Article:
Mention the term ‘jungle boatbuilder’ visions of loin-clothed natives hacking away at hardwoods with hatchets and machetes may come to mind. But ask a knowledgeable fisherman about Costa Rica’s Maverick Yachts, and an entirely different vision appears. These boats, led by the imminently fishable and world-famous Spanish Fly, are designed with the sole purpose of chasing down and catching marlin and sailfish, while also being tough as nails and easy to maintain (requirements for a charter fleet fishing over 200 days a season, year in and year out).
Maverick Yachts are hand-crafted from laurel blanco, a Costa Rican hardwood that is perfect for this application, with teak and mahogany trim. Only the finest materials are used, from West System epoxies to Garmin electronics and more. Capt. Daniel Espinoza, the famed longtime skipper of Spanish Fly, has turned over the wheel to a younger apprentice and is now in charge of the factory’s production. Having someone as knowledgeable as Espinoza running the operation guarantees that a fishing captain will have input on each build. His fingerprints are literally all over each boat, and the bluewater pedigree of each model is without dispute.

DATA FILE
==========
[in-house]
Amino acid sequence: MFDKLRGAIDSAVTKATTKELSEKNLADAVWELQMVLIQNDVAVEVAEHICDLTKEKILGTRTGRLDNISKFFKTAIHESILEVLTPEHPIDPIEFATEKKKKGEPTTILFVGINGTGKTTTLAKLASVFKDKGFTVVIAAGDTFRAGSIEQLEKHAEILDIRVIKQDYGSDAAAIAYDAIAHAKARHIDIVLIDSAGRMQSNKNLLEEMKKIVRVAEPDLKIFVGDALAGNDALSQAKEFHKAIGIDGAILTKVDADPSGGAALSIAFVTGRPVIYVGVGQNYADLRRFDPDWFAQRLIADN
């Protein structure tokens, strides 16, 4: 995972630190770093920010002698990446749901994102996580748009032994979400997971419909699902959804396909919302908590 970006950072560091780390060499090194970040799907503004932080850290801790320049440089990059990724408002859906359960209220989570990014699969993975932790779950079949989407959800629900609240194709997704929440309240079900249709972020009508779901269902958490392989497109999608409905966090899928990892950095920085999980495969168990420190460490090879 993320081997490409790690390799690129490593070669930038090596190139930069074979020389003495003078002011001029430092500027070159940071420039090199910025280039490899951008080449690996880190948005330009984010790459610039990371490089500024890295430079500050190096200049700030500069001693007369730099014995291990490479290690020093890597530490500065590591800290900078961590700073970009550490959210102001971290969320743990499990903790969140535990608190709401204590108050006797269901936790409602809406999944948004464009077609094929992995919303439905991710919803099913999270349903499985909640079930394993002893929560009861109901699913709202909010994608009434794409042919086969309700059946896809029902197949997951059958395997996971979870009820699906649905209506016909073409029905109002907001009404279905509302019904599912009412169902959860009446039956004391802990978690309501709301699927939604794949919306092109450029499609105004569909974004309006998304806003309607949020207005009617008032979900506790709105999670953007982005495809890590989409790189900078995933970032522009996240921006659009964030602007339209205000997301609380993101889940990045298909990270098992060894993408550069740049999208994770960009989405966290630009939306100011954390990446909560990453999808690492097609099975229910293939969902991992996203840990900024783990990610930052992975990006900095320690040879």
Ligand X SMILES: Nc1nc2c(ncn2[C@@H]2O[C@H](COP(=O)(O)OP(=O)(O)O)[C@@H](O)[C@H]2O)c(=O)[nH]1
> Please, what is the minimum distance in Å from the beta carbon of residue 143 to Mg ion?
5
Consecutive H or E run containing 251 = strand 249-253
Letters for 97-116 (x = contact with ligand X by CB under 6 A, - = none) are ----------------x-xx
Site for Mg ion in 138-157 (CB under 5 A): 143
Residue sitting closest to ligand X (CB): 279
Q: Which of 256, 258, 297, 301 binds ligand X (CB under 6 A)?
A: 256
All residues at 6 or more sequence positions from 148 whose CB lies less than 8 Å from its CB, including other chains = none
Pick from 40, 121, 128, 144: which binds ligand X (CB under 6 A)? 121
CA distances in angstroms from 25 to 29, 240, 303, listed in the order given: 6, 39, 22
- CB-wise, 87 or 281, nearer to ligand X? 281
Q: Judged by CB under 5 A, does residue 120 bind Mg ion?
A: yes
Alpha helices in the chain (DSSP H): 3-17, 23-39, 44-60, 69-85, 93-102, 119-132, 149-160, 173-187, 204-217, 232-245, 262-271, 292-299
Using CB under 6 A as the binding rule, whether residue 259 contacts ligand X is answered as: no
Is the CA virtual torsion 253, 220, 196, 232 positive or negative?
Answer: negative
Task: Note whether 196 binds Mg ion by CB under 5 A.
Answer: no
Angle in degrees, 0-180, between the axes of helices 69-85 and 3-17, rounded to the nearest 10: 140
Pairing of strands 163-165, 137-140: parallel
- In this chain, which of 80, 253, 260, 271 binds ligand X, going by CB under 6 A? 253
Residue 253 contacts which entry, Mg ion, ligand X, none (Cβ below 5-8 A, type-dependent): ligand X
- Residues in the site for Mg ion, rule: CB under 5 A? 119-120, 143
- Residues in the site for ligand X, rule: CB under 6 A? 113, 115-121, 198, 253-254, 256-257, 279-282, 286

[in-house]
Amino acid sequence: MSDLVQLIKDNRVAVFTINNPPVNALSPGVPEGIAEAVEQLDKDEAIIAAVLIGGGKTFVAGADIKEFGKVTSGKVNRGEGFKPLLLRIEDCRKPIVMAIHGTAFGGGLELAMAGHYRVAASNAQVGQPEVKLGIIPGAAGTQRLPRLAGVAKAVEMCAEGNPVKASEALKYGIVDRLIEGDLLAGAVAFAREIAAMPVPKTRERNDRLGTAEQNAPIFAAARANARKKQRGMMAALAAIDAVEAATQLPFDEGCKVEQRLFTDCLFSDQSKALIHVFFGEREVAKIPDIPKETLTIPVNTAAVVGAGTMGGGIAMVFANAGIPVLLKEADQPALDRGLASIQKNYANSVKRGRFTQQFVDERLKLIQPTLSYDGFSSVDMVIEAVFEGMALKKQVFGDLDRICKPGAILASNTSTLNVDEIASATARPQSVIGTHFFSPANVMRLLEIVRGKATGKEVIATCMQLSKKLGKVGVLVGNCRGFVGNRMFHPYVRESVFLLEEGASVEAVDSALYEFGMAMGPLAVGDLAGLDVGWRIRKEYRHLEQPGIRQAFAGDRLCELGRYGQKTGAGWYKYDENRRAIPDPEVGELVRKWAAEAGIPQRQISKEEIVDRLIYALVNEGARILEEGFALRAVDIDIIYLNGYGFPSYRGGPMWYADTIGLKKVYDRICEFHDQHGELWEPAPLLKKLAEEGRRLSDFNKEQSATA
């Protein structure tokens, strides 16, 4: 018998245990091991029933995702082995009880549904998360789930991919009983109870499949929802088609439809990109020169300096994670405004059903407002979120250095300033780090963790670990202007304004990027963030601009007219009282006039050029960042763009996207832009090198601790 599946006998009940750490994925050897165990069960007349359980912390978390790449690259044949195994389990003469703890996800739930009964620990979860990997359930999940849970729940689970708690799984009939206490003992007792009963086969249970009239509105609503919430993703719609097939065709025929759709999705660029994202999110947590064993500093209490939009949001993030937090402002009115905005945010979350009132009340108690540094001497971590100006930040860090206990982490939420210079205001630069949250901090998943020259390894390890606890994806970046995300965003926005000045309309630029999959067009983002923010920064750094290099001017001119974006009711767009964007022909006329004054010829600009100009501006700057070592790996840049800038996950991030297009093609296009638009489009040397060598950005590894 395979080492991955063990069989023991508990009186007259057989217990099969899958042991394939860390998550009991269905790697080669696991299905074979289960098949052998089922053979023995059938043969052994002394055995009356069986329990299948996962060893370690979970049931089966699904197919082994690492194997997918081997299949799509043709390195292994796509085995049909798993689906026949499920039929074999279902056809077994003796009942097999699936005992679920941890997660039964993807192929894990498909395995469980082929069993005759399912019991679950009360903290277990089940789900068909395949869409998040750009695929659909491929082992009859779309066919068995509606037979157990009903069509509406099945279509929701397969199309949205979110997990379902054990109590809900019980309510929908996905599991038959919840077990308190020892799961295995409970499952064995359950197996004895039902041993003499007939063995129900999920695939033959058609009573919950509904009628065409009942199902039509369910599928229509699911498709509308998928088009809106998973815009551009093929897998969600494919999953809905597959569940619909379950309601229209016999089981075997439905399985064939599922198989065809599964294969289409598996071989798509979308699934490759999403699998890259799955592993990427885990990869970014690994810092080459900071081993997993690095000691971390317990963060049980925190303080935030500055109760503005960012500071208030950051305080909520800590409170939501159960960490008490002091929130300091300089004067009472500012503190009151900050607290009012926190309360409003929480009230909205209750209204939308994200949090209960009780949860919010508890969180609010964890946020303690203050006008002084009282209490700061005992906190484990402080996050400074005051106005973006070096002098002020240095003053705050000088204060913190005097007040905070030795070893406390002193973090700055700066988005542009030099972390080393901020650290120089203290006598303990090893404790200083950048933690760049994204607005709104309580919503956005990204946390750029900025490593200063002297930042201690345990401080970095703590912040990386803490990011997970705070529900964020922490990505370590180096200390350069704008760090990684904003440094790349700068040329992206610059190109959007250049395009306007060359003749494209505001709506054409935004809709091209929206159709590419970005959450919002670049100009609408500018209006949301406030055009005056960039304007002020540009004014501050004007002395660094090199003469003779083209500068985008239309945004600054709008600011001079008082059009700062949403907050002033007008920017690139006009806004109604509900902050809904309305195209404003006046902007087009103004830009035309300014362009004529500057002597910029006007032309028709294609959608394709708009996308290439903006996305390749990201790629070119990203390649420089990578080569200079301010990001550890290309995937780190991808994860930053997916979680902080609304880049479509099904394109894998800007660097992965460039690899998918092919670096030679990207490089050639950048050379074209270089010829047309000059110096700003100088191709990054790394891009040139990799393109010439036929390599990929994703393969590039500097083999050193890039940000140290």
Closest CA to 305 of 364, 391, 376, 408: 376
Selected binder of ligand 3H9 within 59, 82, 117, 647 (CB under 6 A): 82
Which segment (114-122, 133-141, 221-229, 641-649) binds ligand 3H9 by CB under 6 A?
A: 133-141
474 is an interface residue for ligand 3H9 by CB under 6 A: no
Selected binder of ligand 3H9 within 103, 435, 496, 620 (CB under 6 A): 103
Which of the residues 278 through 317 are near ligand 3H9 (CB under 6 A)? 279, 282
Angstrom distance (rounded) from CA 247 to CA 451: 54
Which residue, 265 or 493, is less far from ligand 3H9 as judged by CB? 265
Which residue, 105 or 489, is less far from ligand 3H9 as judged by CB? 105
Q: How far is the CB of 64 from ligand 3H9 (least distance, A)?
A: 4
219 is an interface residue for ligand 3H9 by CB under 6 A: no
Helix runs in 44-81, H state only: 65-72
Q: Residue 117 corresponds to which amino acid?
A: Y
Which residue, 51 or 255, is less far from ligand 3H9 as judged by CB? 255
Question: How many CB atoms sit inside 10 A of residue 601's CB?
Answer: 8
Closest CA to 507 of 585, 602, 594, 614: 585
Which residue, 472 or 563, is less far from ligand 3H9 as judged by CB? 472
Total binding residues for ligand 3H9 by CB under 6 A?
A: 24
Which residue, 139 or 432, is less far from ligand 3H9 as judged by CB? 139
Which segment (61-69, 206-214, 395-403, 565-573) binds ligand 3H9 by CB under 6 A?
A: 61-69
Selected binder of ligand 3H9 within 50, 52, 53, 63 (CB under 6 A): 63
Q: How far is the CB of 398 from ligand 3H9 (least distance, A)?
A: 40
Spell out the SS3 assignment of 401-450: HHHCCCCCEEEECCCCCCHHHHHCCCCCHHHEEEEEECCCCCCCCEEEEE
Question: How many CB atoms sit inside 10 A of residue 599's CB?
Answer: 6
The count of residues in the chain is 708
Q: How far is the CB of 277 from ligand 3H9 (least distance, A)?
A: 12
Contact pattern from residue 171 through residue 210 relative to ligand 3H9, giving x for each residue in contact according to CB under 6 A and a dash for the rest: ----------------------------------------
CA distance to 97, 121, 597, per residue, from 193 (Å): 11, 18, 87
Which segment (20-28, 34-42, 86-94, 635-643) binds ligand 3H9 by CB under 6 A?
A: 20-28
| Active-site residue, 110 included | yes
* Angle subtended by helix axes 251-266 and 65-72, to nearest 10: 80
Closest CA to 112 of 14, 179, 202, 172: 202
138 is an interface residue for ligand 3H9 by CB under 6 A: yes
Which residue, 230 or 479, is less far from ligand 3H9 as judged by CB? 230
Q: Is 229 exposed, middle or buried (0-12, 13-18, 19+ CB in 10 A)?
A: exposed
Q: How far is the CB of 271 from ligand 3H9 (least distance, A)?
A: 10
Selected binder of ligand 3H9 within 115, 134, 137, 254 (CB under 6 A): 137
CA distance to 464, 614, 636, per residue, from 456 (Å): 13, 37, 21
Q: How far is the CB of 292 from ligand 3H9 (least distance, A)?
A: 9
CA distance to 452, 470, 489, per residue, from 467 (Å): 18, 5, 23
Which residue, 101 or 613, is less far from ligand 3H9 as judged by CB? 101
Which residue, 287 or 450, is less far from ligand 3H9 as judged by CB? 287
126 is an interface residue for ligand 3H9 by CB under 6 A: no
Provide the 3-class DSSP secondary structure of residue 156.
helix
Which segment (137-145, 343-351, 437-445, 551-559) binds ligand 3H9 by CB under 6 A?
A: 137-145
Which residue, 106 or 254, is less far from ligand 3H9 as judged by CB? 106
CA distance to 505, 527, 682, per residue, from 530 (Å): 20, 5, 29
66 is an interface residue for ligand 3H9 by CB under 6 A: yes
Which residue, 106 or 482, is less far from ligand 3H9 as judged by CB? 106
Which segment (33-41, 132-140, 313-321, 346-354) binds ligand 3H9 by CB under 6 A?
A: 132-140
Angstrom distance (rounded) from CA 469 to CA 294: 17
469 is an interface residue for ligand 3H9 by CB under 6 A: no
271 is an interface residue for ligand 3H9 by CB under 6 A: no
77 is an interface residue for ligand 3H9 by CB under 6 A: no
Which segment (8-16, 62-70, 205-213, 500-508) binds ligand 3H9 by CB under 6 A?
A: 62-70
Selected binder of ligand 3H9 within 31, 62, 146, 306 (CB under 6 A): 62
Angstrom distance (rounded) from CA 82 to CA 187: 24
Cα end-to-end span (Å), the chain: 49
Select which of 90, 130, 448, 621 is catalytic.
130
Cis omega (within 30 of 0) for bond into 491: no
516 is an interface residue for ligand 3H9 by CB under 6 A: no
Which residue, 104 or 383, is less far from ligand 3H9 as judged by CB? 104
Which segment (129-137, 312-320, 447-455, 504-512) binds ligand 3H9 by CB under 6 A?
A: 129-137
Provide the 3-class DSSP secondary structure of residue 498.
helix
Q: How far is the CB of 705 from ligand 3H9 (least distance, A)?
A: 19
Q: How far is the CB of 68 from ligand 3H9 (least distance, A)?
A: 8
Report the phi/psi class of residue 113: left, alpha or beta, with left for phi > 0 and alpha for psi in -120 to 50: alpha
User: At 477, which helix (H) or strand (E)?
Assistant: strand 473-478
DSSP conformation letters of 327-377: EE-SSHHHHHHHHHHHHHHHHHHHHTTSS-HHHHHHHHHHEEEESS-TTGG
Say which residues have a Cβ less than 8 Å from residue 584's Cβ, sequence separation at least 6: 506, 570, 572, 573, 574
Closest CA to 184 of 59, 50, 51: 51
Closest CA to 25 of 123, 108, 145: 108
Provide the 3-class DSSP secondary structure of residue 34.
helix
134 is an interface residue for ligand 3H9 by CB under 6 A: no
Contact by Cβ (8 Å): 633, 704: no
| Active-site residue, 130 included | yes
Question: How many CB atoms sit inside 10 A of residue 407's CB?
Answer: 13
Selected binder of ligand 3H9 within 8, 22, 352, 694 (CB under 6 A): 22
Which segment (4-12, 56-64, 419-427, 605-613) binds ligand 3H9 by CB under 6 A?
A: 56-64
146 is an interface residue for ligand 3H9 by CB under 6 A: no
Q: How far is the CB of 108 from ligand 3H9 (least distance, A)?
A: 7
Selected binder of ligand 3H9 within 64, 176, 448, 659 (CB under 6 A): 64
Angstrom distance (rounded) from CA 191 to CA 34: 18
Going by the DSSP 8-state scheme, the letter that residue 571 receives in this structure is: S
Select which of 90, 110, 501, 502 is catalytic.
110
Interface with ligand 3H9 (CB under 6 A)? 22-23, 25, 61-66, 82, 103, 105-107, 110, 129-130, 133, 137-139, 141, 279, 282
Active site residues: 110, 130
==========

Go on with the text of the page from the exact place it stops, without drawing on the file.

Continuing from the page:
Conspicuously absent from any Maverick is the use of veneer or wallpaper; all surfaces — even those that remain unseen — are faired, finished and painted for durability and easy cleanup at the end of the day. Systems are designed to be easily accessible and easy to maintain in a rigorous charter schedule.
Maverick’s Larry Drivon and Will Drost hosted Marlin publisher Natasha Lloyd and editor Sam White during a recent visit to their facility, where they reviewed several models currently under construction.